From my vantage point on the main orchestra floor, the combination of stage viewing and subtitle reading was perfect. However, if you were closer to the front rows, I would imagine it would be difficult to read the translation due to the high angle above. Of course those patrons may already know the story or perhaps even know Italian, so who knows? But if you were half way back on the main orchestra floor, it's a perfect sight line.




(Lester Lynch (Di Luna) - Photo Credit: Philip Newton)




The scene design, lighting, and costumes were worthy of any musical I've covered thus far. I know painstaking hours go into all of the above and it showed. Much like a movie set, the opera set transported the audience into the world of Count Di Luna, Leonora, Manrico, Ferrando, Inez, Azucena, and Ruiz.




I have a music background but in no way do I have one on the level of the opera performers on stage. I only mention this as one of my biggest question marks prior to the performance was how would I be able to handle the two hours plus of operatic singing.




My only exposure to such singing is with symphonic metal bands and/or classically trained singers. I can also add a few of the musical theatre cast members that have opera backgrounds but my exposure is limited to say the least.




(Angela Meade (Leonora) - Photo Credit:  Philip Newton)




Much to my delight the constant operatic singing never bothered me during the performance. If anything - I noticed how grand much of the singing was. In particular Lester Lynch as Count Di Luna and Leah Crocetto as Leonora really stood out to these ears. Powerful, nuanced, evocative, and captivating, both performers took hold of their roles and brought me into their world.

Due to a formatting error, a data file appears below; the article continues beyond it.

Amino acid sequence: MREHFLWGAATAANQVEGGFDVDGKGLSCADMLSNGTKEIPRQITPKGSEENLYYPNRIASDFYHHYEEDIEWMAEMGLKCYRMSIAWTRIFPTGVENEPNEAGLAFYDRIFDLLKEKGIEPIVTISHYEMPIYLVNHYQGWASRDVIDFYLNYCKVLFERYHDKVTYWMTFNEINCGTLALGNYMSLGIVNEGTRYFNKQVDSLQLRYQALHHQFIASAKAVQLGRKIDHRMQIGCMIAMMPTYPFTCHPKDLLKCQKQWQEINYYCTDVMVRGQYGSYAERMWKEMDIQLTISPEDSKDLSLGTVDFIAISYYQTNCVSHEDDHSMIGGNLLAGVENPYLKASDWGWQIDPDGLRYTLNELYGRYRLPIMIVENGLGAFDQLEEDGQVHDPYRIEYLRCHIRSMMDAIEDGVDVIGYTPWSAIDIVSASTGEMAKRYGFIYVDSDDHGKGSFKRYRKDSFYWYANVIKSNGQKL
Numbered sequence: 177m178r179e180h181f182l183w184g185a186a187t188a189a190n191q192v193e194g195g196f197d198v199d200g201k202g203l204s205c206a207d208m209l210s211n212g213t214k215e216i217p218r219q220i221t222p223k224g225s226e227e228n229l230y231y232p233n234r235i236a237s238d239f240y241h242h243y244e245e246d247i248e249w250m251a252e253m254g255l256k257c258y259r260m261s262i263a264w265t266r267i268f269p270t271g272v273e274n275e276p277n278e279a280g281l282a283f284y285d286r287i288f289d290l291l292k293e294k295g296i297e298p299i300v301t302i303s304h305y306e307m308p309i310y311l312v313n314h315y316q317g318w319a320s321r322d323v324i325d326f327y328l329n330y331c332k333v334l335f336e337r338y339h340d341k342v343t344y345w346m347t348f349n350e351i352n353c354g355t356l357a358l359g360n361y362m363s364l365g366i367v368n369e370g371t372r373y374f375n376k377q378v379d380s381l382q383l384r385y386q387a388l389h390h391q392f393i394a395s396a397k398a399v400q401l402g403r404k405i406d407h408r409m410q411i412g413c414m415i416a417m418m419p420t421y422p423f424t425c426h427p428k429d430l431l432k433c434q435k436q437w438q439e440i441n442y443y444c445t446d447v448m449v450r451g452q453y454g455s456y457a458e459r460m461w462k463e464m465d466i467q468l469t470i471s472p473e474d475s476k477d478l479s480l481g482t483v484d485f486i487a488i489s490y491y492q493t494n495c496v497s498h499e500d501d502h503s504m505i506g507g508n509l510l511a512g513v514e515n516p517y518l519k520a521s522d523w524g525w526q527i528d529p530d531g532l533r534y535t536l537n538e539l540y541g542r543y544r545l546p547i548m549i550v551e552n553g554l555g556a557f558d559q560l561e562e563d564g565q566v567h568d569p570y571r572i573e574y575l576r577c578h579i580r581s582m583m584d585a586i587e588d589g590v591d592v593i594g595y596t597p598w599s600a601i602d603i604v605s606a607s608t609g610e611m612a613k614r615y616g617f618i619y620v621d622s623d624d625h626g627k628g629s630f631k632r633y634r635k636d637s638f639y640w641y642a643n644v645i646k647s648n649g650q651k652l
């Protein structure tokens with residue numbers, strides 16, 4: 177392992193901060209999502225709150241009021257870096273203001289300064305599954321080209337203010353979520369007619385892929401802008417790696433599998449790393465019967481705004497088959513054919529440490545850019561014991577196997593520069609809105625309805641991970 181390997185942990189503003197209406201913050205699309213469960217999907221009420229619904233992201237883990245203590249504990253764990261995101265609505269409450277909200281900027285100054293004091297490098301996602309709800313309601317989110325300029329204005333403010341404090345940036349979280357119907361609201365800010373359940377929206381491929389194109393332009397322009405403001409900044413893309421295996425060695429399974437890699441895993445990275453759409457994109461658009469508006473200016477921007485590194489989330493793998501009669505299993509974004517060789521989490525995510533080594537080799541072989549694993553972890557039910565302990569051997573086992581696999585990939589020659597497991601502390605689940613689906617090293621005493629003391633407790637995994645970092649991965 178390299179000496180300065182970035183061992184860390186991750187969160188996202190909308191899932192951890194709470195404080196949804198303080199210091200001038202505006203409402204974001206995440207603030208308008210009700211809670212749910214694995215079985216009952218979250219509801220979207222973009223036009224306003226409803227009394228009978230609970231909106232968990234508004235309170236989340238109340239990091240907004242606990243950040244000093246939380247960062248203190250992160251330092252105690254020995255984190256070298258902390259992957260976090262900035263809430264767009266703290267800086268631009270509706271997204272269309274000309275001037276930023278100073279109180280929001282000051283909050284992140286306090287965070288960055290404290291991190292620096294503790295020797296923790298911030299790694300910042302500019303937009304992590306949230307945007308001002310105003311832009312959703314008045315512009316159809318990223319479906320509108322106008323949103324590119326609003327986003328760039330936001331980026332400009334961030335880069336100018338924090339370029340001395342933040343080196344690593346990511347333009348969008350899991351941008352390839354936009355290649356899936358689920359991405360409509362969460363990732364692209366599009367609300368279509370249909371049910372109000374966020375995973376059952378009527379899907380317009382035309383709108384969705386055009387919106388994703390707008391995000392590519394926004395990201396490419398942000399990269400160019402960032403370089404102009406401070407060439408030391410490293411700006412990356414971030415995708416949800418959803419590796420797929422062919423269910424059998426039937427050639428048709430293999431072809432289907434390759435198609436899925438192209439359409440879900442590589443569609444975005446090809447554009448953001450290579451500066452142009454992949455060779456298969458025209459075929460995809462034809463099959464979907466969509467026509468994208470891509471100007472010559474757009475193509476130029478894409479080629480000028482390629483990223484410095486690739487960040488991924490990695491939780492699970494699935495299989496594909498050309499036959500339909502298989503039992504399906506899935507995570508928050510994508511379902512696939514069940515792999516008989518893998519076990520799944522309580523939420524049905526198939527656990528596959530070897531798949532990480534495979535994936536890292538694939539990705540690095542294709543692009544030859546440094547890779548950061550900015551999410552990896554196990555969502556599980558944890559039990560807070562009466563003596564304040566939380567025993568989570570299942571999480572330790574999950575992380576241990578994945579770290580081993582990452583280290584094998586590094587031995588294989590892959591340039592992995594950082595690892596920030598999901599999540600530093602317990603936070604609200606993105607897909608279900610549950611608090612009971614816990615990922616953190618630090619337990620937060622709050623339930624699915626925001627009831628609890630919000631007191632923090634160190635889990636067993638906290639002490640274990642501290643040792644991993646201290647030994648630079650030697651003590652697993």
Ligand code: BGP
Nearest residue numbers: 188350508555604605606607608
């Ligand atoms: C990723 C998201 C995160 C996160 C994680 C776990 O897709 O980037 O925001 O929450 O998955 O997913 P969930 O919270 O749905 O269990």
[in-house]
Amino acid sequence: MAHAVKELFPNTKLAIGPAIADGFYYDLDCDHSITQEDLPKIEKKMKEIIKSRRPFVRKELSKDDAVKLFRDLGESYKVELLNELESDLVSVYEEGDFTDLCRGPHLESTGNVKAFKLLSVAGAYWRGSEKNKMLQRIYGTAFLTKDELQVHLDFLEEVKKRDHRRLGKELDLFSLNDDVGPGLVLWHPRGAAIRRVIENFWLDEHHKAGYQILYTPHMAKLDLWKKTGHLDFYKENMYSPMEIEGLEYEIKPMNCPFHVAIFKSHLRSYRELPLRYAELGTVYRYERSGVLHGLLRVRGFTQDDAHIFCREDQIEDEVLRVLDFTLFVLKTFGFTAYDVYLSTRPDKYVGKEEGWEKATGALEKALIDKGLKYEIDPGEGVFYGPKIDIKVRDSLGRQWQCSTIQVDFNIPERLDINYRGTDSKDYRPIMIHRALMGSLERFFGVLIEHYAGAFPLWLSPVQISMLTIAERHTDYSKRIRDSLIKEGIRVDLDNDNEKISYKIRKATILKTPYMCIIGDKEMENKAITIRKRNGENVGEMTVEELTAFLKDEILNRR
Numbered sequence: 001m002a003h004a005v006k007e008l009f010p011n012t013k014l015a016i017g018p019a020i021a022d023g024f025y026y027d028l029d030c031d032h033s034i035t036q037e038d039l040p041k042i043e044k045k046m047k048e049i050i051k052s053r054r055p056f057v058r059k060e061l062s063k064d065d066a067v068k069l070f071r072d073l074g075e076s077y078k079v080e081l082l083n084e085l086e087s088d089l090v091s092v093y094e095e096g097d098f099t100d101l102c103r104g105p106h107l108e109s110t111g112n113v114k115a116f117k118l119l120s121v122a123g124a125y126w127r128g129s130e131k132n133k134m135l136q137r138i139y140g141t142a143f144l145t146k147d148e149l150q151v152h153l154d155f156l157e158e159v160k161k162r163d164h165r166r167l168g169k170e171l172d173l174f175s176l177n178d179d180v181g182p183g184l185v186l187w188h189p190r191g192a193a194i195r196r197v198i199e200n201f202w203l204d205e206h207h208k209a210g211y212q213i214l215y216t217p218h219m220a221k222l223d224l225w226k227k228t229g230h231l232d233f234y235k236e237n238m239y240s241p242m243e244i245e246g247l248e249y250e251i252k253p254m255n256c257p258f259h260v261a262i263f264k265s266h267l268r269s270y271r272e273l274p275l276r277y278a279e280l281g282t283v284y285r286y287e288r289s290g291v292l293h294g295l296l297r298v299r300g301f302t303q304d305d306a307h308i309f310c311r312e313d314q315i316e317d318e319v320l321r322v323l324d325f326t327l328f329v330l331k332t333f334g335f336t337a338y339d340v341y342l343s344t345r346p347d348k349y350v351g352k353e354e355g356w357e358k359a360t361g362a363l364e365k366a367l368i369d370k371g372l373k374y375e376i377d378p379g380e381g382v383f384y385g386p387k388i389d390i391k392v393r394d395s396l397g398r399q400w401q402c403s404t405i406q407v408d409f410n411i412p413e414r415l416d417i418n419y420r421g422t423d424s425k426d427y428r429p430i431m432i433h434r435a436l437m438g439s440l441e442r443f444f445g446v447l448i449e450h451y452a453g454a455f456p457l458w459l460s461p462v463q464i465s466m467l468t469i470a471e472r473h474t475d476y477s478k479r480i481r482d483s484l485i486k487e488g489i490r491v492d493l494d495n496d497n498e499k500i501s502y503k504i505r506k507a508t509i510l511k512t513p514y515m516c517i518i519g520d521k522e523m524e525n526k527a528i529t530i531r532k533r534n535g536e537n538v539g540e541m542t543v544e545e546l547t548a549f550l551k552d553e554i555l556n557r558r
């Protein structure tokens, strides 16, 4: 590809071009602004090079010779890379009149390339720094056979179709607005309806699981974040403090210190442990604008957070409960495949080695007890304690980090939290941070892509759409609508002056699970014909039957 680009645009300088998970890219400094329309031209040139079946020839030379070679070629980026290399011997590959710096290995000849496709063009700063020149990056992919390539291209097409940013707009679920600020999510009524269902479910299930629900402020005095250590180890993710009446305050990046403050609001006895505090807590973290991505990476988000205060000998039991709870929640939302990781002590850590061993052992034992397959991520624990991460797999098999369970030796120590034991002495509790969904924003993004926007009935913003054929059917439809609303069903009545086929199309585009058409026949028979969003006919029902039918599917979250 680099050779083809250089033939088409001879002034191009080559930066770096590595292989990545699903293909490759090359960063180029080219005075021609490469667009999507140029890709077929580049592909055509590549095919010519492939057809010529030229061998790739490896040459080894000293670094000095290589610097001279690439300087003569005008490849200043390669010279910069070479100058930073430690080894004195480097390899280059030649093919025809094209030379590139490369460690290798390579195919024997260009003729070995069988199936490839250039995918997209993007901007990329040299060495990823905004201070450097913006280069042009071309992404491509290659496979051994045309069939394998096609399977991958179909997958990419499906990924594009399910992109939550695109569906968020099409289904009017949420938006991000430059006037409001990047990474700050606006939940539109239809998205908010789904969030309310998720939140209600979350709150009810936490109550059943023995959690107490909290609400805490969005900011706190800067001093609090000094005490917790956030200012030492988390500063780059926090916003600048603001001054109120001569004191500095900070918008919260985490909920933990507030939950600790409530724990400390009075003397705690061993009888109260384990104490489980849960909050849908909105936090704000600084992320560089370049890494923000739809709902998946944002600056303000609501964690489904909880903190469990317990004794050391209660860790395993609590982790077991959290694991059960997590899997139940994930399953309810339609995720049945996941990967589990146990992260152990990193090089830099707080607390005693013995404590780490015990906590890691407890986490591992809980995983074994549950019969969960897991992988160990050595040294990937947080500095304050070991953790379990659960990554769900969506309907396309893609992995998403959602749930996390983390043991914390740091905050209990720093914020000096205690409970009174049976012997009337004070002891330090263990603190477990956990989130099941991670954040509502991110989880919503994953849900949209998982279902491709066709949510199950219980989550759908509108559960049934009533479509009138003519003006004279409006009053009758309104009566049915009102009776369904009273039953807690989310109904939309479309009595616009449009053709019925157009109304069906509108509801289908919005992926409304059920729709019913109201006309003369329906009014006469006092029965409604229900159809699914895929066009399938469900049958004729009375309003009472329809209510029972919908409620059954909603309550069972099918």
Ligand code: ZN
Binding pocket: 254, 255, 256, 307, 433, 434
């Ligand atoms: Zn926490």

The story as I mentioned earlier I'll leave to the opera experts but for me - the tragedy within the story was indicative of the time when the opera was written (common theme) but also worked with the captivating score.




Again for the new opera fan the show is long: an hour and 15 minutes before an intermission with an additional 67 minutes or so to conclude the performance. Also - there were signs letting folks know that you will not be permitted inside once the performance starts. Unlike a theatre show where you will have to wait until a suitable time to let latecomers in, at the opera you are out of luck. So, be mindful of the bells chiming to alert you to get to your seats or you will miss out.




(Seattle Opera Presents Il Travotore - Photo Credit:  Philip Newton)




Inbetween scenes as the set was changed, it was clearly a January performance in the Northwest as there was plenty of coughing, sniffles, and blowing of noses. To the point that it was making the audience laugh during the first scene change. With each subsequent scene change it became clear that if you need to cough, try to wait (or get it out of your system) during these scene changes so you're not interrupting the actual performance.




Overall my first venture into McCaw Hall for a performance from the Seattle Opera was highly pleasurable. If you're going for the first time, read up on the show beforehand, allow plenty of time the day or night of the performance, and then go in to the hall with an open mind. I think you'll leave as I did - satisfied.




See you at the … opera!
Mark Sugiyama
Eclectic Arts

EA on YT




Special Thanks: Gabrielle for the credentials - thank you very much for the opportunity!  I'm looking forward to the next production.




IL TROVATORE continues through January 26th, 2019.